|Brevet dining practices||Dale Brigham|
Mar 18, 2003 7:40 AM
|You are correct that in the shorter brevets (200 and 300), most of eating is snacking. Convenience stores (mainly Casey's, in our neck of the woods) often serve as brevet controls (checkpoints), so while I'm in there getting my card signed, I grab a sandwich from the cooler or from the rotating infrared heater, chips or pretzels (got to get that sodium!), and more Gatorade or Powerade.
I find the best looking place to sit on the curb or grass beside or behind said store, and scarf it all down. Most places also let you use their restroom. Then, I fill my bottles (water and Gatorade), adjust clothing, check to make sure I have everything (I have left knee warmers behind before), most especially my brevet card, and get on the road again.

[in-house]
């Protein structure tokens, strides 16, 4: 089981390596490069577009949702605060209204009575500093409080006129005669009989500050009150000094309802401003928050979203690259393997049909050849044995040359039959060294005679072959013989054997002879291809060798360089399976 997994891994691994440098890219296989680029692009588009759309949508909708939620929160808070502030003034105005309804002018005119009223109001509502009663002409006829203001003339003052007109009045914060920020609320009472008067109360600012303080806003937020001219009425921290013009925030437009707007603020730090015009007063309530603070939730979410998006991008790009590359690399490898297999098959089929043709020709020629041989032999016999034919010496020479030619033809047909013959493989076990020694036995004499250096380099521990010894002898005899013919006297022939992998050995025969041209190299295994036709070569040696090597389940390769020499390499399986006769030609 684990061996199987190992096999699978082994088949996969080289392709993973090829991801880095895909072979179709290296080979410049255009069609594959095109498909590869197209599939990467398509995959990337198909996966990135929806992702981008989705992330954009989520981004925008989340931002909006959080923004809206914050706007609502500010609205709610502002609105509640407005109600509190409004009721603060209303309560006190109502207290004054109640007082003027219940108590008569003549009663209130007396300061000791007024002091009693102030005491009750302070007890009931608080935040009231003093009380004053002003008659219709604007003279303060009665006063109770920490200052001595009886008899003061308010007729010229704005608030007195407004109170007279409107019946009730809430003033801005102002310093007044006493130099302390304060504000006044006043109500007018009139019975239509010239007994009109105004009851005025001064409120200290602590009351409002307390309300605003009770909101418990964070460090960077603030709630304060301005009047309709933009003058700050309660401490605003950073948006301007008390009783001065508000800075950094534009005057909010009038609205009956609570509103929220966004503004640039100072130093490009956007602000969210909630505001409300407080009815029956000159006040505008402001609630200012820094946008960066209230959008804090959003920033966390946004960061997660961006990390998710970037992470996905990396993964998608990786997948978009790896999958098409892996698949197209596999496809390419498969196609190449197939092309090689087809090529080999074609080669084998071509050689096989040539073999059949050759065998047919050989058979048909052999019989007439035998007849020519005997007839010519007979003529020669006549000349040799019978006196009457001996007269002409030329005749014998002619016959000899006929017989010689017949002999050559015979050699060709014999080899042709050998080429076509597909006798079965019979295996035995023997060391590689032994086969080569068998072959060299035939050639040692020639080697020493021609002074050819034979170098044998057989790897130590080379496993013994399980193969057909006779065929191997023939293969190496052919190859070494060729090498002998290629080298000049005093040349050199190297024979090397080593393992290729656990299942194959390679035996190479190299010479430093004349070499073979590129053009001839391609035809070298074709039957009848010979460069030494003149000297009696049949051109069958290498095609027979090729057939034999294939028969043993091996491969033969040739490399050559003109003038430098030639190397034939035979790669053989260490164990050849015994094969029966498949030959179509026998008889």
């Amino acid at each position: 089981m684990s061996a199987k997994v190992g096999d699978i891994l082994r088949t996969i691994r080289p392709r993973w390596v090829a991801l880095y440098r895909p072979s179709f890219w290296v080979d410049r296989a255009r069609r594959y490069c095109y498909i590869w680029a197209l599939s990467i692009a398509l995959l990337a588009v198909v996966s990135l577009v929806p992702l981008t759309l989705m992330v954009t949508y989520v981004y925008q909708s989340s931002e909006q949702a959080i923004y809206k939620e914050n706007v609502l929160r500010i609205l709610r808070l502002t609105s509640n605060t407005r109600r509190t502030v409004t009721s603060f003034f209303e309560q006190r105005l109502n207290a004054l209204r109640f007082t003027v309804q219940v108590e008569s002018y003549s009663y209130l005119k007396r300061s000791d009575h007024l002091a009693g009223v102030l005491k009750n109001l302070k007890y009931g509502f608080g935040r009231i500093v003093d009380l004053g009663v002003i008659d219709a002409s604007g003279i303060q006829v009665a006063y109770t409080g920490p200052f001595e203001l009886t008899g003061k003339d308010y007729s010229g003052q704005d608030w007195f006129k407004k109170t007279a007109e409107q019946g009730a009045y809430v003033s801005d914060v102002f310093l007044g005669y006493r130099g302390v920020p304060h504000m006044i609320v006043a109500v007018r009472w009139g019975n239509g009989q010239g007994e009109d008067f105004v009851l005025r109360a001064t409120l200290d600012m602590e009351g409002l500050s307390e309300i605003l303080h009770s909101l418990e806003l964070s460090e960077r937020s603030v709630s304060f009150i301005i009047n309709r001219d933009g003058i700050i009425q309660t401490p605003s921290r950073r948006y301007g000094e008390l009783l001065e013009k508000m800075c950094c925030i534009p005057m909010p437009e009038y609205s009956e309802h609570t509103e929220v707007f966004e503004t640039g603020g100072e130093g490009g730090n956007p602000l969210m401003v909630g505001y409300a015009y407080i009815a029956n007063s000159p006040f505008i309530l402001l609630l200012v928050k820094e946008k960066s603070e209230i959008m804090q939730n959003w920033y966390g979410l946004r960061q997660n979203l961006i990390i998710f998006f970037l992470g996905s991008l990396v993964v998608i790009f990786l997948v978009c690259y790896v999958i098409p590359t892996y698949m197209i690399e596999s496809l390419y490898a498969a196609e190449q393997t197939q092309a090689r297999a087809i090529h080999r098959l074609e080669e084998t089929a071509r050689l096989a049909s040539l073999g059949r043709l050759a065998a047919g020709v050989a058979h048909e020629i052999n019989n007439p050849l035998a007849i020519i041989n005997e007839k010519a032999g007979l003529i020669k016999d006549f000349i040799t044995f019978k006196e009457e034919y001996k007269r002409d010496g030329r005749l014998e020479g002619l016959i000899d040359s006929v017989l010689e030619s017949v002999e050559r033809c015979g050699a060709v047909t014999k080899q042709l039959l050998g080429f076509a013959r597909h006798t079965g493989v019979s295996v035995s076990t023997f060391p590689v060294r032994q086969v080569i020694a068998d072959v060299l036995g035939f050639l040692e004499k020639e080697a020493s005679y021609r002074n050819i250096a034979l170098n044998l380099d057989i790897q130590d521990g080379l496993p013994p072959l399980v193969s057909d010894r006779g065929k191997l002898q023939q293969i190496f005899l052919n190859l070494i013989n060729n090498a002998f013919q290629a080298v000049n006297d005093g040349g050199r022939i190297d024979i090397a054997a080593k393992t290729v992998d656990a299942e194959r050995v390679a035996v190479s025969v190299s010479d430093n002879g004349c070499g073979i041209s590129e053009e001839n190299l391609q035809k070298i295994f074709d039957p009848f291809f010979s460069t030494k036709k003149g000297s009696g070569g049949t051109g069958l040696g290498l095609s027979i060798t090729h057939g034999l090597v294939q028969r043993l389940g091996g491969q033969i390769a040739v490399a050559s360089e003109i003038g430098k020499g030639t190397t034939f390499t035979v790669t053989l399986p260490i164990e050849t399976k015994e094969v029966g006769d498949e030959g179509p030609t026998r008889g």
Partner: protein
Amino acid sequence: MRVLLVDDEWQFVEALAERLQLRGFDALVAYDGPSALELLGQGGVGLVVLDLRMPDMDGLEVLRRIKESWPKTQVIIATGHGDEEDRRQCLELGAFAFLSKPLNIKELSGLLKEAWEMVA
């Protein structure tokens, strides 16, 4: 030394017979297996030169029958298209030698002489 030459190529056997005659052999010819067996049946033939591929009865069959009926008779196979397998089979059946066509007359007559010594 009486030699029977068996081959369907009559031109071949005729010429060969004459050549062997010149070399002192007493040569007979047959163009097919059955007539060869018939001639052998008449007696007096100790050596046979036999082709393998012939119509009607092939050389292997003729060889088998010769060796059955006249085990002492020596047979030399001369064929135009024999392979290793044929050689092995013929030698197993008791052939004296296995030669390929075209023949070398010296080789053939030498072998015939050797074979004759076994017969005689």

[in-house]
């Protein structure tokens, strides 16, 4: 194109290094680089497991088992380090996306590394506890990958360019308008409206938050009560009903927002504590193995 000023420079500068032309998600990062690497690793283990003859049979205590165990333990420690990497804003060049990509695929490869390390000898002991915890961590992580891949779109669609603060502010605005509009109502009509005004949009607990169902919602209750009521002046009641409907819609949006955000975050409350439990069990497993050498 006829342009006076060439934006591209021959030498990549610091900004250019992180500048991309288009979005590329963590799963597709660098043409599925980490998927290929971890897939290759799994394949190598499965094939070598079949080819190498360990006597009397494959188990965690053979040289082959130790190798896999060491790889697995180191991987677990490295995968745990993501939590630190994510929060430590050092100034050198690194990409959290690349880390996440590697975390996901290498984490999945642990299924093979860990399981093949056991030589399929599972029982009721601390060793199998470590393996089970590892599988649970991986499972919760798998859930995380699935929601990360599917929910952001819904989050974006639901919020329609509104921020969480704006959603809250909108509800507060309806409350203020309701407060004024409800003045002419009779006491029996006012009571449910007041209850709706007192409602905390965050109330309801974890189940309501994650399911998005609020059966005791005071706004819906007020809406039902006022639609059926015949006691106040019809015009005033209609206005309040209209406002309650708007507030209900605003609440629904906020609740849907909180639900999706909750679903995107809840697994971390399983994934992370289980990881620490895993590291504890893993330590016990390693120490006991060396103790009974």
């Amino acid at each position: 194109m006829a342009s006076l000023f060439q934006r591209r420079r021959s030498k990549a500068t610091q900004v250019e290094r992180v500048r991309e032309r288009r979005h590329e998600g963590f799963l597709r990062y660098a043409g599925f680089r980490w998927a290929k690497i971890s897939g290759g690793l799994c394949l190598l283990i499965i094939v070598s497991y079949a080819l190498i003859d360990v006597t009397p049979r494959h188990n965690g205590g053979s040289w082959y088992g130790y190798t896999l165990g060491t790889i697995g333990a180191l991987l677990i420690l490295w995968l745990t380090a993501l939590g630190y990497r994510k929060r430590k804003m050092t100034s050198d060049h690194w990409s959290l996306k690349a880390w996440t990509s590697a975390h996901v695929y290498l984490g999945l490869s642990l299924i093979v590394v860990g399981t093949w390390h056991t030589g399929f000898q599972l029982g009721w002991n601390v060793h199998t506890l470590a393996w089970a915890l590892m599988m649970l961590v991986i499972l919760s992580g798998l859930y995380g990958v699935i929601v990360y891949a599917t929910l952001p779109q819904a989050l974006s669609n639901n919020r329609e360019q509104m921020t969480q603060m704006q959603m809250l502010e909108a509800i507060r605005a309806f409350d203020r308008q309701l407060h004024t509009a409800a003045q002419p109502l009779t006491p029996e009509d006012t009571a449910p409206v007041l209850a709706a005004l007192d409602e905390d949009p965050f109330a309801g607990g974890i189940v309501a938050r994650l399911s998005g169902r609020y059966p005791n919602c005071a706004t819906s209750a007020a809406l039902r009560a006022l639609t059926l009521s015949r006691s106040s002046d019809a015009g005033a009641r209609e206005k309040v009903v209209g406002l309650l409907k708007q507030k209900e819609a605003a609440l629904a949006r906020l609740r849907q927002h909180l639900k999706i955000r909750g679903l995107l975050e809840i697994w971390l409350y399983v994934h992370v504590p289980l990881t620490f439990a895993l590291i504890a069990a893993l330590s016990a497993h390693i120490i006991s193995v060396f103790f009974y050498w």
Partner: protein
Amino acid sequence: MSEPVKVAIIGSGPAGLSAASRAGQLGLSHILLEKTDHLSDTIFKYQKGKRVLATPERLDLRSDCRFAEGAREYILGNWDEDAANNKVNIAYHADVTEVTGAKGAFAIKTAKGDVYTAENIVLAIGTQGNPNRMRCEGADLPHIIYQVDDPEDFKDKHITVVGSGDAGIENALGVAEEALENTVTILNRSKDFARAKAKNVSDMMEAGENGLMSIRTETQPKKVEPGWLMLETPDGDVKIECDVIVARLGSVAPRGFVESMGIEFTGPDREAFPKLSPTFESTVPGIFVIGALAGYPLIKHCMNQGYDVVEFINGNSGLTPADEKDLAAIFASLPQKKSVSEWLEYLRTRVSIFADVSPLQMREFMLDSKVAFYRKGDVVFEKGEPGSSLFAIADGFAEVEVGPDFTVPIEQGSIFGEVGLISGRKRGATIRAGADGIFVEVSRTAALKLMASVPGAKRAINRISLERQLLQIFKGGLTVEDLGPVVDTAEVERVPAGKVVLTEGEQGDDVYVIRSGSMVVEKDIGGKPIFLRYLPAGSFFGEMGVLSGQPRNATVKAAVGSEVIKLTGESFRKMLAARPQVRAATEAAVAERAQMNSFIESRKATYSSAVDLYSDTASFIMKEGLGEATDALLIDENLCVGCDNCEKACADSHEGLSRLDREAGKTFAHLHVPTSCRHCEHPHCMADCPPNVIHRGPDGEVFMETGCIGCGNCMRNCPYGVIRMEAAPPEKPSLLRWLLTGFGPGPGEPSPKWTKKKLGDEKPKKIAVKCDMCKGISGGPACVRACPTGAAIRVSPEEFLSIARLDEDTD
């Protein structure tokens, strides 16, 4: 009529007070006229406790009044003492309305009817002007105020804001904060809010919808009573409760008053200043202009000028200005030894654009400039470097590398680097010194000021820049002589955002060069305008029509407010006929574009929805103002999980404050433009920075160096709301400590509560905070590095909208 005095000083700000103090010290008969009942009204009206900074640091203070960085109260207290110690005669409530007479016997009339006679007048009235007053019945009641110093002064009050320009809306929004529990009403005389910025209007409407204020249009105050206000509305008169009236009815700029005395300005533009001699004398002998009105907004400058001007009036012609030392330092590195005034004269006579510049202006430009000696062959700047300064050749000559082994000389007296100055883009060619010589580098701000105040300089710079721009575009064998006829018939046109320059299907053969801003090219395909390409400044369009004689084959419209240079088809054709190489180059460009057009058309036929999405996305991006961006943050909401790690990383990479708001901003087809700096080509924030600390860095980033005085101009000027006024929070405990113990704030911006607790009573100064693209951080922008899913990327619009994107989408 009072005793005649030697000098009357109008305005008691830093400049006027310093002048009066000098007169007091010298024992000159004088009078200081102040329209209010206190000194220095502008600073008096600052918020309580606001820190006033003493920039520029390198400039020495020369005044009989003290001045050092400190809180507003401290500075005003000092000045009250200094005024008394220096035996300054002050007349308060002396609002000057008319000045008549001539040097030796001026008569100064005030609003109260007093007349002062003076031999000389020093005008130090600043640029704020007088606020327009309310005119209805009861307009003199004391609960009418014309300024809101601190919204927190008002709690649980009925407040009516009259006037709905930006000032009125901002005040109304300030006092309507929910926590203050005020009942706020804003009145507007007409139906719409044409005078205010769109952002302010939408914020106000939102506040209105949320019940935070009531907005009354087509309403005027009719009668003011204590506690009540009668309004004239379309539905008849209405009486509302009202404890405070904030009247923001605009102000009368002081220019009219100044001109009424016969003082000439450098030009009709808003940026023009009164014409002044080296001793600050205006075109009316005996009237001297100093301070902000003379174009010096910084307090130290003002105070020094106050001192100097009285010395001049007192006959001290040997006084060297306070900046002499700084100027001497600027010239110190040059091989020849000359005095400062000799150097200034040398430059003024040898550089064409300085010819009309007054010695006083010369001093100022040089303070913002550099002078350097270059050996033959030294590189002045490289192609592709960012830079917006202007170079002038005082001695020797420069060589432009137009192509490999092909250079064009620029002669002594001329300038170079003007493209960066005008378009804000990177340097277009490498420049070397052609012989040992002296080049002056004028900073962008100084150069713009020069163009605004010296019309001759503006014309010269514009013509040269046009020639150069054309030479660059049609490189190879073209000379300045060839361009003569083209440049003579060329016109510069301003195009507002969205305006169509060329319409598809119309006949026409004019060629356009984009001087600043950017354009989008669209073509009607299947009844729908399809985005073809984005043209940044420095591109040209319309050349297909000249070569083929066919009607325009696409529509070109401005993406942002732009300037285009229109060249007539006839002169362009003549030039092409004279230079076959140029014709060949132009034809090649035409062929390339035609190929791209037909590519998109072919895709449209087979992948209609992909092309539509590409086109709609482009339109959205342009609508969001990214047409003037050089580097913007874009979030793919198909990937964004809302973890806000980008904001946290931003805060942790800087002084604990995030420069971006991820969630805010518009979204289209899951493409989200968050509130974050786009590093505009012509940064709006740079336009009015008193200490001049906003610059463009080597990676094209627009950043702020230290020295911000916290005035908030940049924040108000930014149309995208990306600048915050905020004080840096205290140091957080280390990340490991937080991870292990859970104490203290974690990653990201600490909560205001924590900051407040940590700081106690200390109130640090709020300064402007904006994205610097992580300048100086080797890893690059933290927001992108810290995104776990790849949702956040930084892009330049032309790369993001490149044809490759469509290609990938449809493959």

Typically, a 200 km brevet has one mid-course control at the turnaround, a 300 has three (turnaround plus midway out and back), a 400 has four or more, and a 600 has six or so. That means a real stop about every 100 km (3-5 hours riding time), which seems to be a good interval for me to take in "real food" (i.e., not just sports drinks and energy bars). In the multi-day rides (for me, 600 km and longer), a real sit-down meal at least once a day is more common. At PBP, every control has a cafeteria or similar food service.